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A History of the Parish of Neilston
Chapter XX. — The Botany of Neilston Parish


The Botany of Neilston Parish.
By J. M. B. Taylor
(Ex-Curator of Paisley Museum).

The earliest known state of the vegetation of the parish of Neilston is that of the Carboniferous Period—which may be regarded as about the middle of the history of the earth’s crust. At that time the vegetation grew very rapidly, and consisted of various species of Lepidodendroids of eighty or more feet in height, gigantic ferns, and numerous calamites. There is distinct evidence that this state of vegetation was at one time broken down by volcanic outbursts, and the breaching of volcanoes. From this cause, whole and massive forests were not only broken down, but were covered by arenaceous debris, and to-day are found solidified into rock. This early state of vegetation was very largely of the endogenous type, but there were also exogenous trees and shrubs. These latter are still to be had in the rocky mass, and when sliced and seen under the microscope, they show the annual rings, and the cell structure as distinct as if the specimen had been sliced off one of our present-day growing plants.

Latent Seeds.

A botanical peculiarity connected with the parish is the high percentage of plant seeds that lie latent in the soil. By “ latent seeds ” is meant seeds that are in the soil, but at such a depth that they do not spring, but when such seeds are brought near enough to the surface, they sprout and yield their own species. In research work carried on in the County of Renfrew, by the writer, Neilston parish yielded by far the highest percentage of latent seeds. In this research work quantities of soil were collected at various parts. Certain quantities of the several soils collected were put into boxes of equal sizes and of a certain depth (both of soil and box), and these were exposed to the ordinary atmospheric influences, such as light, heat, and cold—in short, to the weather— and a register was made of how many seeds sprang up in each of the soils. As a means of check, every sample of soil was exposed in duplicate, but before being exposed, it was raised to a dull-red heat, and kept at this for a certain time. These observations of the soils were carried on for several years. Neilston gave a percentage per square inch of 41.11. The next two highest were Kilmacolm, 22-2 per cent, per square inch, and Abbey, Newton Woods, 13'88 per cent, per square inch. This shows Neilston parish to stand very high.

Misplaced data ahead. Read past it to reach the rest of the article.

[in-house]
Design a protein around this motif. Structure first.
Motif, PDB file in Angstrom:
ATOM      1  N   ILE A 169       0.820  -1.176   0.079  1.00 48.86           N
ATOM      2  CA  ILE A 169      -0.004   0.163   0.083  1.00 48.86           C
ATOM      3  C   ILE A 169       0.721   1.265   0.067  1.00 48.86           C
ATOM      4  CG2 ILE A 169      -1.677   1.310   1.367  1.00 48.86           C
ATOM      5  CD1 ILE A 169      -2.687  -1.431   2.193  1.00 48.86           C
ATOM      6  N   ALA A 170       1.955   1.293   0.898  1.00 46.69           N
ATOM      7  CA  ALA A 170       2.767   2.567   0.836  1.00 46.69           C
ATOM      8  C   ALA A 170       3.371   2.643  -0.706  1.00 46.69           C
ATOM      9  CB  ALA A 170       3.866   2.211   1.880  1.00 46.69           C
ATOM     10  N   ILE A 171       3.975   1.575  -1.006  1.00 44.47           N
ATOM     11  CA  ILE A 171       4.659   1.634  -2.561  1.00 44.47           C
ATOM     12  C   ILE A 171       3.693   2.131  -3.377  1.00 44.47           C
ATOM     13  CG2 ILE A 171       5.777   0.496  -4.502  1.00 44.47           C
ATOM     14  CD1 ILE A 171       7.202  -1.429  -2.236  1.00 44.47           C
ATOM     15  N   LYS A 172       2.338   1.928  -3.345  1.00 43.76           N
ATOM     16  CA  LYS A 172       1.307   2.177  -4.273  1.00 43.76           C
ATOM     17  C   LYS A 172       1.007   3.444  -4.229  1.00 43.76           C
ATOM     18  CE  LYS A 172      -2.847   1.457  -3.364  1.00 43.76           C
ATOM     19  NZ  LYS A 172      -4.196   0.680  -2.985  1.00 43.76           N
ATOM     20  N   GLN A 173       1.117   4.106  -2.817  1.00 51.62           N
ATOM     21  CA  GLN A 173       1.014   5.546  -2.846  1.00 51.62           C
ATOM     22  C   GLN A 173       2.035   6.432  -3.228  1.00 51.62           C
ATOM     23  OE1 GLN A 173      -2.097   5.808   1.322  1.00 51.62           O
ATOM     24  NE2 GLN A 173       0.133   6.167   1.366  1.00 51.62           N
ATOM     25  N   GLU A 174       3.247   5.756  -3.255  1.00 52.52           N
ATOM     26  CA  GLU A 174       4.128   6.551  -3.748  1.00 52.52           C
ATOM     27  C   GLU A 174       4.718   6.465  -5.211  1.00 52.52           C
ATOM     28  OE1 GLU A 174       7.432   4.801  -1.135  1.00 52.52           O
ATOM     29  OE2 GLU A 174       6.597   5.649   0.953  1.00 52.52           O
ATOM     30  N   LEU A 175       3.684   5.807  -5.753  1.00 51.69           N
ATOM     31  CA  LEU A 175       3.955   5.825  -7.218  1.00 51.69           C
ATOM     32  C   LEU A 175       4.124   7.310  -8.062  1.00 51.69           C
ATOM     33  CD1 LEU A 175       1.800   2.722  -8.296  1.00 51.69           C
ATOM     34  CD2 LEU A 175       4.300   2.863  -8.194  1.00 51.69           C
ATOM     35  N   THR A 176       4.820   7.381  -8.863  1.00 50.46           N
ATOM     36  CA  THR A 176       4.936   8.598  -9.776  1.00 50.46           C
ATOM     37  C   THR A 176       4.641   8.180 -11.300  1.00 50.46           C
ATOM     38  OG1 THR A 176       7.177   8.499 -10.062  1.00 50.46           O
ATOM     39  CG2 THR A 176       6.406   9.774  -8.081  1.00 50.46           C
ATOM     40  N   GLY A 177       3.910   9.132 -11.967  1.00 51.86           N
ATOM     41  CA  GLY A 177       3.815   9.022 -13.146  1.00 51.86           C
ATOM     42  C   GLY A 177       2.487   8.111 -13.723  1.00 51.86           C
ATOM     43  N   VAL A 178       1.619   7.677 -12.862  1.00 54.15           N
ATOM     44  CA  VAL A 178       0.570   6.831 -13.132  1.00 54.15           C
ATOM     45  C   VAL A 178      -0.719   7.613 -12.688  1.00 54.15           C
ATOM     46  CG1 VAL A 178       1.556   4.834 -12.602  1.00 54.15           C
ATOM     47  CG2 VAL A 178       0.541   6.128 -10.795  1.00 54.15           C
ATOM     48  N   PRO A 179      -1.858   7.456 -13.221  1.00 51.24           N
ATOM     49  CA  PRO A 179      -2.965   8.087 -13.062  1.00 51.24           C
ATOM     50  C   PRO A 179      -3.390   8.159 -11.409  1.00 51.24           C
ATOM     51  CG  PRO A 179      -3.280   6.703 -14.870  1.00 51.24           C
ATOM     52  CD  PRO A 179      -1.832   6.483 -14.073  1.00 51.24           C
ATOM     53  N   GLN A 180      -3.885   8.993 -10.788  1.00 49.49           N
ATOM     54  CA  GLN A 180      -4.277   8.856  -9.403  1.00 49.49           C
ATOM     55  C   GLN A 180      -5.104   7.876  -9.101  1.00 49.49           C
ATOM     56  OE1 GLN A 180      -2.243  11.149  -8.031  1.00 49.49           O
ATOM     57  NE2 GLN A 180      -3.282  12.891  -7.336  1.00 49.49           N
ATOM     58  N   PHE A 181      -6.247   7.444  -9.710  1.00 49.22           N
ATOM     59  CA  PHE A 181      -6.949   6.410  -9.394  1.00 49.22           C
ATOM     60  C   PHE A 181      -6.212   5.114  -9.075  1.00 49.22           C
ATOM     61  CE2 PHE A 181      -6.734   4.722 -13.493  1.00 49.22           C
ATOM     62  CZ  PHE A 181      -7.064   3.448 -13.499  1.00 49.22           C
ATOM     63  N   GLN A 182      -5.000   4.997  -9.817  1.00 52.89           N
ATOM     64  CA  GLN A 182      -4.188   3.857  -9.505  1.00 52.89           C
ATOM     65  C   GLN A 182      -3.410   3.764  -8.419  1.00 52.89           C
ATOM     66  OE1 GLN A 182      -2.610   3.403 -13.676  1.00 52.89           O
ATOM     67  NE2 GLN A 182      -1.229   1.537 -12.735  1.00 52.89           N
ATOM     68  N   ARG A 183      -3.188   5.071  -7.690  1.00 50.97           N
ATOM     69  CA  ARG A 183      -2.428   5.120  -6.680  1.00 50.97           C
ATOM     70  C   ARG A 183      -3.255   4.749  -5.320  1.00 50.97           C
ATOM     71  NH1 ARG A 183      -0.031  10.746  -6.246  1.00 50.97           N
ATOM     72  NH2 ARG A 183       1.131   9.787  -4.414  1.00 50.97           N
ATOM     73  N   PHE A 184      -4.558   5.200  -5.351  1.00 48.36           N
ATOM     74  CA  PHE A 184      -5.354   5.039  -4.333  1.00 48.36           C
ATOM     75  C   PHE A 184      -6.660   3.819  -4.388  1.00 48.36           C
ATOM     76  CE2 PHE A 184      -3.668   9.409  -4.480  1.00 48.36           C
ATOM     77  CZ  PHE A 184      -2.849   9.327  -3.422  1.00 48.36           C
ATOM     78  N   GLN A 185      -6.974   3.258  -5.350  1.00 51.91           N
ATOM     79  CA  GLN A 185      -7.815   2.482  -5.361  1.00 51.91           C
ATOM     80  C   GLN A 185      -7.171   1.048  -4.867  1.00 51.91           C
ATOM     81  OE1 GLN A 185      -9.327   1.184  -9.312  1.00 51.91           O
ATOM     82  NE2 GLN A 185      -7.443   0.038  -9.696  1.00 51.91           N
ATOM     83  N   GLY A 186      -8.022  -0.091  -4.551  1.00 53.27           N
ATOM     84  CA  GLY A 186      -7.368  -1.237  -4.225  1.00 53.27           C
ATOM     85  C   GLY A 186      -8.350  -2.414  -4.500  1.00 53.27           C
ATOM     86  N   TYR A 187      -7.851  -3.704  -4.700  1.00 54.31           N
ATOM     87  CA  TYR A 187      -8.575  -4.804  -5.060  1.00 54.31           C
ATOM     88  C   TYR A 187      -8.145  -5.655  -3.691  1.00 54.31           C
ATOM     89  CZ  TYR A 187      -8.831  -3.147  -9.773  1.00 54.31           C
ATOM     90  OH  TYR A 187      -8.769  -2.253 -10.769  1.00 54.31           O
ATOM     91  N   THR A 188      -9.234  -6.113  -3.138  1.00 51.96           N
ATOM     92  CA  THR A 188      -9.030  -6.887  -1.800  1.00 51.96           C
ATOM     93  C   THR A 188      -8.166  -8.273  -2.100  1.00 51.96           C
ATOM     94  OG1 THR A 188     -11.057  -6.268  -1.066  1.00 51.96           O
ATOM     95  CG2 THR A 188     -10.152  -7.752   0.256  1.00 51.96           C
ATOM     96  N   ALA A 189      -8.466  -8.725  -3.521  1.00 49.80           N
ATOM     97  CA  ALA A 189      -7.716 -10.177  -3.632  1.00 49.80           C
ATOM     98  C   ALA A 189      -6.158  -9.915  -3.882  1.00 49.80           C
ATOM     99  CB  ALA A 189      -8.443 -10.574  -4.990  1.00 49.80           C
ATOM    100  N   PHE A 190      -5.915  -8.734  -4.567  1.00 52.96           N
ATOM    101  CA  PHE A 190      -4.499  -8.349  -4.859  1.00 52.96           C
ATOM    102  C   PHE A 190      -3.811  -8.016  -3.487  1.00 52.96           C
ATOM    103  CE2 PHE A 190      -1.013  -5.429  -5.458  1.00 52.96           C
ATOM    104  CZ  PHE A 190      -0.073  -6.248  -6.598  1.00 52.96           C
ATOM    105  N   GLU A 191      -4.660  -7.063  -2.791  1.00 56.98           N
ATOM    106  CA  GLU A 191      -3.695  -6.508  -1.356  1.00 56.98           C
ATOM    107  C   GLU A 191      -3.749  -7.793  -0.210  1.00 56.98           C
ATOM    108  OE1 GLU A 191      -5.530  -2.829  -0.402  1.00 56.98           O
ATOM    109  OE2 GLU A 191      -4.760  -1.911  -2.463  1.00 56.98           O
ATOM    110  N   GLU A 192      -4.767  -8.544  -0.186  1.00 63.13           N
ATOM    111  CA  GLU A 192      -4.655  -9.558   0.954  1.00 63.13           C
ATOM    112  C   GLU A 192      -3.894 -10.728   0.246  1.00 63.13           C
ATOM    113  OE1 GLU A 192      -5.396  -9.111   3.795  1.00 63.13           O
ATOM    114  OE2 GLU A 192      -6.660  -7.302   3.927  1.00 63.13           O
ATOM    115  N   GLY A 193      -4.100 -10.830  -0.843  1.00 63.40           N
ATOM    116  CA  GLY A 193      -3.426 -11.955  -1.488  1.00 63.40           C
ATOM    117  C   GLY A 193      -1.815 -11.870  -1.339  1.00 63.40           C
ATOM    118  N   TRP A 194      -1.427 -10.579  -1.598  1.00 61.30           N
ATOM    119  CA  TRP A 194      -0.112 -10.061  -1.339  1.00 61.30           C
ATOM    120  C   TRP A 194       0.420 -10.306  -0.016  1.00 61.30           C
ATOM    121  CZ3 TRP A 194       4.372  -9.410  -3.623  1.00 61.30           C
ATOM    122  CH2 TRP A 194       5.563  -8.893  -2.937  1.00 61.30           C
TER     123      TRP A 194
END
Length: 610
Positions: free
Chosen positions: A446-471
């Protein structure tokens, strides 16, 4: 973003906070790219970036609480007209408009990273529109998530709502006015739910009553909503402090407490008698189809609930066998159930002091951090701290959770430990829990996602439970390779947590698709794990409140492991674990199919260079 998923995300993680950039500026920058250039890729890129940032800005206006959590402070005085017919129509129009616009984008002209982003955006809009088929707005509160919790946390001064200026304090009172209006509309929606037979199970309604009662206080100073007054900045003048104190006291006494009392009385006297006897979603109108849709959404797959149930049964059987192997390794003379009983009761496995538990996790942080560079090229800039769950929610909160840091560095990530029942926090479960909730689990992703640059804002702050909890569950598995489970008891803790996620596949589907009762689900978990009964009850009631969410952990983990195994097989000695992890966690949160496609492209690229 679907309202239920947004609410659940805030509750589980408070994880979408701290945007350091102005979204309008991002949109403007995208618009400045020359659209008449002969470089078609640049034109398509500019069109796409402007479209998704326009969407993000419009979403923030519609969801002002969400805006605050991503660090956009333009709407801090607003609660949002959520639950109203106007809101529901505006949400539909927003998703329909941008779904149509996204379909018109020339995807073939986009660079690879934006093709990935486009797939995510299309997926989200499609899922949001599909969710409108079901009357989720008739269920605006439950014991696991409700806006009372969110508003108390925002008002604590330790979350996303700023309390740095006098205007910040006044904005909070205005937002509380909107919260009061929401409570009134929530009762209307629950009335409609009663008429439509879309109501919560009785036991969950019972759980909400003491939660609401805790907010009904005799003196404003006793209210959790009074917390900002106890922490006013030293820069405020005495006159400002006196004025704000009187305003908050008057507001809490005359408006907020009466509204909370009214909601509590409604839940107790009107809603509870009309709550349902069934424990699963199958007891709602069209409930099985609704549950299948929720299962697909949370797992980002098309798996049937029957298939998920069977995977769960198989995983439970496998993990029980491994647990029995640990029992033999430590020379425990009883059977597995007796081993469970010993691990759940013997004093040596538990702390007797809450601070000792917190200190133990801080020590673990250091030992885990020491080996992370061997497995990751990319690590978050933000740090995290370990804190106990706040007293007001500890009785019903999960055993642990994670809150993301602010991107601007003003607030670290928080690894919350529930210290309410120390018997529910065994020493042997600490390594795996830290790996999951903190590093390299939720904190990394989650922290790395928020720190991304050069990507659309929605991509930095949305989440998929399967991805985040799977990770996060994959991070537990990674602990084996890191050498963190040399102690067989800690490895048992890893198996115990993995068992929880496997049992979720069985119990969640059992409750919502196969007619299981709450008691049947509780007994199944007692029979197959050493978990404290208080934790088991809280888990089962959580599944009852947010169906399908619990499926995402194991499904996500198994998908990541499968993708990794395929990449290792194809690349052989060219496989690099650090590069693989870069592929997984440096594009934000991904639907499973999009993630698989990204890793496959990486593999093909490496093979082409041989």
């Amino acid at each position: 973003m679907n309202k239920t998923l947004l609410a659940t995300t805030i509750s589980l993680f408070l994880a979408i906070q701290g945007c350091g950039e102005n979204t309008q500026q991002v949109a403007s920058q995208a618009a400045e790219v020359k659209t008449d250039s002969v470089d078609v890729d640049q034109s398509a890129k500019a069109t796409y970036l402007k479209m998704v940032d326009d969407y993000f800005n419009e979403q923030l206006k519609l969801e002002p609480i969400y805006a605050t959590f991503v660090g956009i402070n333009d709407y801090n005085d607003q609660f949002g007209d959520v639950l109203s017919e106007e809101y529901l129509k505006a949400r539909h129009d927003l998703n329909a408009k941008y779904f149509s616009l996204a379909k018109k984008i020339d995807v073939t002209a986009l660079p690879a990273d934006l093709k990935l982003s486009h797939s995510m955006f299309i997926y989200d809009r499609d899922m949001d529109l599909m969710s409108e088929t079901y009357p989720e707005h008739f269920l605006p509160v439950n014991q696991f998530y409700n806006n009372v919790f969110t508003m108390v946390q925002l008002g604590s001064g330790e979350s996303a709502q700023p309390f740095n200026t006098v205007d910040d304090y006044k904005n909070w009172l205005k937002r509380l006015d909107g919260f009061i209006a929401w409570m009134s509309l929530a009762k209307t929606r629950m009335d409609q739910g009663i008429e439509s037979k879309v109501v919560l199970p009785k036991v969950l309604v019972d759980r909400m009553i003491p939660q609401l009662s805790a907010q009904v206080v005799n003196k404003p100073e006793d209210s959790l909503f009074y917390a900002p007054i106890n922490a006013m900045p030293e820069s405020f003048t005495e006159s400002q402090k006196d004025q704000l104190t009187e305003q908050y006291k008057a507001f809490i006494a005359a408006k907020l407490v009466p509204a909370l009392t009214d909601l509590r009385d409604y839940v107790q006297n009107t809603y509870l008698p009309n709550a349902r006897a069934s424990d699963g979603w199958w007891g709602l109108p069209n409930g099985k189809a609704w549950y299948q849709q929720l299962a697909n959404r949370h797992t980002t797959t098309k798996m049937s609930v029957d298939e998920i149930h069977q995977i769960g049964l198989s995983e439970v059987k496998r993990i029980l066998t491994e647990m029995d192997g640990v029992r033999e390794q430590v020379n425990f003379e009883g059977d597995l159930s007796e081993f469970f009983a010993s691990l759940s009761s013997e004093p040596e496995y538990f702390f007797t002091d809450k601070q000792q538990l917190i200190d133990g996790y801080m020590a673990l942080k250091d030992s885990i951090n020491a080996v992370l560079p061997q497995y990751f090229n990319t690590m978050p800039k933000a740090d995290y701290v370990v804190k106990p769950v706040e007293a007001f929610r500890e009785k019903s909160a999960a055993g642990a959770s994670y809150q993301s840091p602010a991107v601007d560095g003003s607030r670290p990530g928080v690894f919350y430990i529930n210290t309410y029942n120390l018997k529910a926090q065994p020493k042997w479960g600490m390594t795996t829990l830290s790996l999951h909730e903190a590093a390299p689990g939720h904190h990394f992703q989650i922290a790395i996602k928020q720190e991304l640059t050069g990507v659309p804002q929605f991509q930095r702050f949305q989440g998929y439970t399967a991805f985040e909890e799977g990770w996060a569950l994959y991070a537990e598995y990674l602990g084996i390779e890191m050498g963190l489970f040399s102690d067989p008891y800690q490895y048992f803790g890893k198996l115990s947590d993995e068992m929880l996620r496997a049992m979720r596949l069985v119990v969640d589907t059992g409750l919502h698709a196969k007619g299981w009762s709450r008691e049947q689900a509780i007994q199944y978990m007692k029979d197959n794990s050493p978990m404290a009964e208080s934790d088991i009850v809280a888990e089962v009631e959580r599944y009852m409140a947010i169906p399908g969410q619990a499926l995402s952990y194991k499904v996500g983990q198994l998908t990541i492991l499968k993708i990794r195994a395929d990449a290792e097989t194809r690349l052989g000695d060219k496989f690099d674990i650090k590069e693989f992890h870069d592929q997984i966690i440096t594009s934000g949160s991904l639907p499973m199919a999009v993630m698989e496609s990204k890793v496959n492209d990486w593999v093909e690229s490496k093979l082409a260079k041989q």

Col.Ol’llATION OK VlOLKTS AM) P\\SIES.

On the eastern side of the parish, the colour of the violets and pansies in the wild state is quite exceptional. The colours are remarkably fine, and depart considerably from that usually met with in the same species. Here the violets and pansies are most abundant, thev grow in profusion, but in general they are smaller than the same spceies in other parts of the country. Planted in flower-pots they are very pretty, and if planted in tin same soil the colour remains. If, however, they are planted in other soils, they slowly lose their remarkably fine colour—which goes to show that the composition of the soil has got to do with colouration.

1’itKsii Water Alg.e.